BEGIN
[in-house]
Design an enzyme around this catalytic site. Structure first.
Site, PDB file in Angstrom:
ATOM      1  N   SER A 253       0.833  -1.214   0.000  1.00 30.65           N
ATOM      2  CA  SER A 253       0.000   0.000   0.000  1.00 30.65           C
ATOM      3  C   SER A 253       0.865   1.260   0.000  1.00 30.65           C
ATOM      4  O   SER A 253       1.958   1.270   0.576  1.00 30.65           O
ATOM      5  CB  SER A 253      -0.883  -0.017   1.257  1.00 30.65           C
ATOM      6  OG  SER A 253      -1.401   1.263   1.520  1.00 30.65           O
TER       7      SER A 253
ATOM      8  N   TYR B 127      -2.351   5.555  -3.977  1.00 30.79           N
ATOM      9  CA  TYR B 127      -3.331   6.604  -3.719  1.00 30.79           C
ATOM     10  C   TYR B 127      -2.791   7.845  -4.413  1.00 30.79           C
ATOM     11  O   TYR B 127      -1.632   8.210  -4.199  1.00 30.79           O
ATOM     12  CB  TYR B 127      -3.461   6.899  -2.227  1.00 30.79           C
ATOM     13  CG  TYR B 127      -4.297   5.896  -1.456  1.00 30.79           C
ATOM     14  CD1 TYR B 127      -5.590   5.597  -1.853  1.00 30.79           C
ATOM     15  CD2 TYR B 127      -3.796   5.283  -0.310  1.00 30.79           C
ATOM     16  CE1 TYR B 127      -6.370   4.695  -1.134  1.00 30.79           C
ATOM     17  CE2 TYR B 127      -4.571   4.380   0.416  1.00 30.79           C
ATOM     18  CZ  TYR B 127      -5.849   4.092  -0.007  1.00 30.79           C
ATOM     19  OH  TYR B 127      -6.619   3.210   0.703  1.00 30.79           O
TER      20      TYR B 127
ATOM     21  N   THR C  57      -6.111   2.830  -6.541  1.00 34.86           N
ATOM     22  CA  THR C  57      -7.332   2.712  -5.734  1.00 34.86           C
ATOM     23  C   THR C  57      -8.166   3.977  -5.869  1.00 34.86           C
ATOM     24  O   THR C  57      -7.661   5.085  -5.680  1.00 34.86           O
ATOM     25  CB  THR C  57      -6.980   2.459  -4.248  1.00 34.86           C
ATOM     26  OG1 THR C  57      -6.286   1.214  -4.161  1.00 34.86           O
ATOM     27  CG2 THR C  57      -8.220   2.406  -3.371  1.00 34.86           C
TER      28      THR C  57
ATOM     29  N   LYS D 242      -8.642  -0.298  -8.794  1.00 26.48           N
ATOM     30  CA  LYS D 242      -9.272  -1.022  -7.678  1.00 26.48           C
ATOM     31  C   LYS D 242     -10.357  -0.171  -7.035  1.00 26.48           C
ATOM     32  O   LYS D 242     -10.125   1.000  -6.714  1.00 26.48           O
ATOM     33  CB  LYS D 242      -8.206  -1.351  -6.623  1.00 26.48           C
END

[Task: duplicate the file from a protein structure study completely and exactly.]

[in-house]
Design an enzyme around this catalytic site. Structure first.
Site, PDB file in Angstrom:
ATOM      1  N   SER A 253       0.833  -1.214   0.000  1.00 30.65           N
ATOM      2  CA  SER A 253       0.000   0.000   0.000  1.00 30.65           C
ATOM      3  C   SER A 253       0.865   1.260   0.000  1.00 30.65           C
ATOM      4  O   SER A 253       1.958   1.270   0.576  1.00 30.65           O
ATOM      5  CB  SER A 253      -0.883  -0.017   1.257  1.00 30.65           C
ATOM      6  OG  SER A 253      -1.401   1.263   1.520  1.00 30.65           O
TER       7      SER A 253
ATOM      8  N   TYR B 127      -2.351   5.555  -3.977  1.00 30.79           N
ATOM      9  CA  TYR B 127      -3.331   6.604  -3.719  1.00 30.79           C
ATOM     10  C   TYR B 127      -2.791   7.845  -4.413  1.00 30.79           C
ATOM     11  O   TYR B 127      -1.632   8.210  -4.199  1.00 30.79           O
ATOM     12  CB  TYR B 127      -3.461   6.899  -2.227  1.00 30.79           C
ATOM     13  CG  TYR B 127      -4.297   5.896  -1.456  1.00 30.79           C
ATOM     14  CD1 TYR B 127      -5.590   5.597  -1.853  1.00 30.79           C
ATOM     15  CD2 TYR B 127      -3.796   5.283  -0.310  1.00 30.79           C
ATOM     16  CE1 TYR B 127      -6.370   4.695  -1.134  1.00 30.79           C
ATOM     17  CE2 TYR B 127      -4.571   4.380   0.416  1.00 30.79           C
ATOM     18  CZ  TYR B 127      -5.849   4.092  -0.007  1.00 30.79           C
ATOM     19  OH  TYR B 127      -6.619   3.210   0.703  1.00 30.79           O
TER      20      TYR B 127
ATOM     21  N   THR C  57      -6.111   2.830  -6.541  1.00 34.86           N
ATOM     22  CA  THR C  57      -7.332   2.712  -5.734  1.00 34.86           C
ATOM     23  C   THR C  57      -8.166   3.977  -5.869  1.00 34.86           C
ATOM     24  O   THR C  57      -7.661   5.085  -5.680  1.00 34.86           O
ATOM     25  CB  THR C  57      -6.980   2.459  -4.248  1.00 34.86           C
ATOM     26  OG1 THR C  57      -6.286   1.214  -4.161  1.00 34.86           O
ATOM     27  CG2 THR C  57      -8.220   2.406  -3.371  1.00 34.86           C
TER      28      THR C  57
ATOM     29  N   LYS D 242      -8.642  -0.298  -8.794  1.00 26.48           N
ATOM     30  CA  LYS D 242      -9.272  -1.022  -7.678  1.00 26.48           C
ATOM     31  C   LYS D 242     -10.357  -0.171  -7.035  1.00 26.48           C
ATOM     32  O   LYS D 242     -10.125   1.000  -6.714  1.00 26.48           O
ATOM     33  CB  LYS D 242      -8.206  -1.351  -6.623  1.00 26.48           C